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7 Things About Marketing We Can All Learn From LaVar Ball

If you’re a basketball fan or if you’ve tuned into SportsCenter any time the last six months, you’ve definitely come across LaVar Ball and heard a crazy comment or seen one of his wild antics. He’s a polarizing figure in sports today, and he’s probably not going away soon.

For those of you who aren’t familiar with LaVar, he’s the father of Lonzo Ball, this year’s 2nd overall pick in the NBA draft, selected by the Los Angeles Lakers. (If you’re completely unfamiliar with the Ball family, check out this link to LaVar and Lonzo Ball interview with Ellen)

Lonzo, a product of UCLA was one of the most highly touted draft picks of the last five years. Some say it’s due to his uncanny basketball IQ. Others will argue it’s due to the publicity and attention his father has brought to not just him, but the entire Ball family.

LaVar, who some think is exploiting his children for financial gain, a helicopter dad, or simply a nut (he claimed he could beat Michael Jordan 1-on-1) has made a name for himself by not only making wild claims like this, but by pulling his 16-year-old son, LaMelo, out of Chino Hills High School to focus on basketball, but also started the now notorious Big Baller Brand athletic line – a line dedicated to the Ball family of athletes.

As wild and off-the-wall LaVar seems in the media, he’s created tremendous value for himself, his family, and his new line, Big Baller Brand. Now, we don’t think LaVar is suited to be giving marketing seminars to executives anytime soon and his unorthodox approach to creating value through virality isn’t one we think is totally suitable. But, one thing is very clear:

His conviction to his brand, his product, and his ability to drive conversation and interest in whatever he discusses is second to none.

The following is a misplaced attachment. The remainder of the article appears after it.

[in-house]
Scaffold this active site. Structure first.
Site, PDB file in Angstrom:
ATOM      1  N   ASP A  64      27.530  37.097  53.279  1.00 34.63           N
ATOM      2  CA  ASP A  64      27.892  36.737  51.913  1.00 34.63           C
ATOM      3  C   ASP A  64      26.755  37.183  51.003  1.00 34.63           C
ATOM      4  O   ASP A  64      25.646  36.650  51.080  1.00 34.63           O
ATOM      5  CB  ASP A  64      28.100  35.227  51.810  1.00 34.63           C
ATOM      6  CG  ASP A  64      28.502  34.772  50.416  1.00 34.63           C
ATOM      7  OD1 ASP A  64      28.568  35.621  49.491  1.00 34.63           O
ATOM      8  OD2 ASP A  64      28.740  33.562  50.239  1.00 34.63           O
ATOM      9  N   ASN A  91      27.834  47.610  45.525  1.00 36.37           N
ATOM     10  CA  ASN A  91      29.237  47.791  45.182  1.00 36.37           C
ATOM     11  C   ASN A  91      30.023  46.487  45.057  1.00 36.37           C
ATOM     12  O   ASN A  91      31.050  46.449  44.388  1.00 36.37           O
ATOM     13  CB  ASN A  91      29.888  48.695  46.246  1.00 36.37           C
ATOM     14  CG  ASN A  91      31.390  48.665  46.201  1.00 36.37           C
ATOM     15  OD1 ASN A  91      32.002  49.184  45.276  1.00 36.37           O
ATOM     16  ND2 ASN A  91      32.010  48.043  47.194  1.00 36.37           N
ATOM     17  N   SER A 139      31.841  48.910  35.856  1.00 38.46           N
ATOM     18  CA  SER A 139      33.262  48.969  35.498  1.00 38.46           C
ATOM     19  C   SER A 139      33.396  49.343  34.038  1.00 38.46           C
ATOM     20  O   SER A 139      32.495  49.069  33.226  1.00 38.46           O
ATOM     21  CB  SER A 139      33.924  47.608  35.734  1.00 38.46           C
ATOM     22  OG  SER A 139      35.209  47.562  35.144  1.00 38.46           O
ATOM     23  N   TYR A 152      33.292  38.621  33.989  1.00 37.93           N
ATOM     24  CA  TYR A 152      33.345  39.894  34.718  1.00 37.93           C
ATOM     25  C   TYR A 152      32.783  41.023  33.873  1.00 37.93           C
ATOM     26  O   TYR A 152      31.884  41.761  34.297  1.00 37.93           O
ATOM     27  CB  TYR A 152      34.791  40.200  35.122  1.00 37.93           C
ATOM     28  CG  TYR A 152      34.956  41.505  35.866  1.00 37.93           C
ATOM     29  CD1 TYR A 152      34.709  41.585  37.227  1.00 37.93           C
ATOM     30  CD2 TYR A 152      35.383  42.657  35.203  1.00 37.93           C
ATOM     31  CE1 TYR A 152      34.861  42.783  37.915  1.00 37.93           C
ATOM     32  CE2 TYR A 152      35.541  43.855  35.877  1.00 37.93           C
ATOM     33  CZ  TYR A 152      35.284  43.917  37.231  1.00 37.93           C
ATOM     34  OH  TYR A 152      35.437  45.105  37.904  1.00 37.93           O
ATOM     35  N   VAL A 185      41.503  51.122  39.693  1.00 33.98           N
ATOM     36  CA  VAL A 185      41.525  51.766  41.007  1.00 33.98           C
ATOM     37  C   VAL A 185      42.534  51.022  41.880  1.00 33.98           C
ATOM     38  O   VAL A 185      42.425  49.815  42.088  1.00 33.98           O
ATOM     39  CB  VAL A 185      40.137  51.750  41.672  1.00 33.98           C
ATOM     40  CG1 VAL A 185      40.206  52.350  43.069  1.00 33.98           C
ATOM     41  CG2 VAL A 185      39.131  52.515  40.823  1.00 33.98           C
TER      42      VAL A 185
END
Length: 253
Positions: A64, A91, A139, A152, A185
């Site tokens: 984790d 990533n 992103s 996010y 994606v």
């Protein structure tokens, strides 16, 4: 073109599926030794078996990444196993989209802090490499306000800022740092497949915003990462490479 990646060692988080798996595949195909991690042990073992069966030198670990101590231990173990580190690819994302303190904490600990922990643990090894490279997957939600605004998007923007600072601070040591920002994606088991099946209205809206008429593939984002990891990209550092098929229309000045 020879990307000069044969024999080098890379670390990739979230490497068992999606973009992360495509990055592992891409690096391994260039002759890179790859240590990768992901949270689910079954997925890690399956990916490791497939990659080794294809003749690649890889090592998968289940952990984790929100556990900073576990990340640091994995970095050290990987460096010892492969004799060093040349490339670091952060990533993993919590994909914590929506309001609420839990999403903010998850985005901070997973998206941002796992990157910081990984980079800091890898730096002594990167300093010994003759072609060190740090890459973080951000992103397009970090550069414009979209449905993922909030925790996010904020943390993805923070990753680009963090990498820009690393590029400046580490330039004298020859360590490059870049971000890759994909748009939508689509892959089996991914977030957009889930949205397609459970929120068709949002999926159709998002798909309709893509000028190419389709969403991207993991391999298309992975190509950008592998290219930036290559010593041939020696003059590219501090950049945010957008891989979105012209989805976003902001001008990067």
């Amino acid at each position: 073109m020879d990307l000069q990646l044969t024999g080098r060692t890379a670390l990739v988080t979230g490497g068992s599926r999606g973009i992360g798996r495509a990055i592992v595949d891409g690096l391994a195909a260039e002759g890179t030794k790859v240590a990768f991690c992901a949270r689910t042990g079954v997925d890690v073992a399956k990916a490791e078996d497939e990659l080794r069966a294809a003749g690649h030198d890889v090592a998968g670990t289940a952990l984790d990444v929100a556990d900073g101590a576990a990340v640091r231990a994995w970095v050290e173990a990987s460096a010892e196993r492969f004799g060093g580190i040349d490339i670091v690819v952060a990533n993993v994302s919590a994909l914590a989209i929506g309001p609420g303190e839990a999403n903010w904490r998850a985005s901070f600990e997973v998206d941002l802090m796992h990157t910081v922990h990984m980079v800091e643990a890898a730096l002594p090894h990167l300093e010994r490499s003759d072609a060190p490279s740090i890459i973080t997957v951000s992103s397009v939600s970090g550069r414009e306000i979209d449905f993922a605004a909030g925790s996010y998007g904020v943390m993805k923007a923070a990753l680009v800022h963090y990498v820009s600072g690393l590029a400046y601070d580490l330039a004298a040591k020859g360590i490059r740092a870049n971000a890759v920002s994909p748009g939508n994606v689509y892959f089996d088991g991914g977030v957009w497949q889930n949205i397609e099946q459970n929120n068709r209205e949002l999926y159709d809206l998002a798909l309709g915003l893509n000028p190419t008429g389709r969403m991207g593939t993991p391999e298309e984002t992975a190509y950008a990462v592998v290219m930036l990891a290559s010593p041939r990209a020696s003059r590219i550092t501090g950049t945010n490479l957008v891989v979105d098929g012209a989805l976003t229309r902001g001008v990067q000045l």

1. Authenticity above all else.
One thing you’ll find when reading or watching interviews with LaVar Ball is relentless consistency. He’s authentic through and through. In a time where we all crave authenticity with the brands we buy from, or the personalities we follow, it’s easy to see why LaVar commands so much attention. He might be outlandish - but he’s human, and you can sense his personality and humanity a mile away.

2. Believe in your team. Ride with who got you there.
Brands always try to reinvent themselves. Sometimes it’s not for the best. Let’s look at Coca-Cola in 1985 when they introduced “New Coke” — a shot across the bow to Pepsi as they tried to reinvent themselves. “New Coke” was a drastic change to the tried-and-true Coca-Cola flavor recipe. Needless to say, customers hated it, and Coke moved back to its original recipe less than 11 months later. They forgot what made them great.

LaVar built his name in 2016 based on the success of his son, Lonzo Ball. Some may say he’s riding his son’s coattails, but LaVar clearly is his son's biggest fan, and he’s not trying to change who he is. He knows why he’s great, and he keeps that as priority #1.

3. If your product is great, let the world know.
Let’s examine the old adage: “Quality speaks for itself”. While this holds true in most situations, adding context, dialogue, and a discussion around your products gives you a megaphone to spread the message.

Lonzo Ball was undoubtedly going to be drafted very early in the NBA draft regardless of his father acting as his self-employed hypeman. But the conversation he created and the buzz the followed Lonzo was 10x’d by LaVar - this lead to interviews, sponsorships, a reality TV show, and increased his celebrity, along with the celebrity of the entire Ball family.

Apple products are great on their own, but that doesn’t stop the company from holding an over-the-top keynote event to introduce each and every product twice a year. I guess you could say Apple is Ball’n?

4. Test the limits. If it doesn’t exist, build it.
After being questioned as to what shoe deal Lonzo was taking, LaVar said he and his three sons would settle for no less than $1 billion dollars to secure a shoe deal with Nike, Adidas, or Under Armour.

Let’s be serious...LaVar (and the rest of the world) knew he wasn’t getting a $1bn deal. But, he was testing the limits, and frankly, he was doing something that’s never been done before.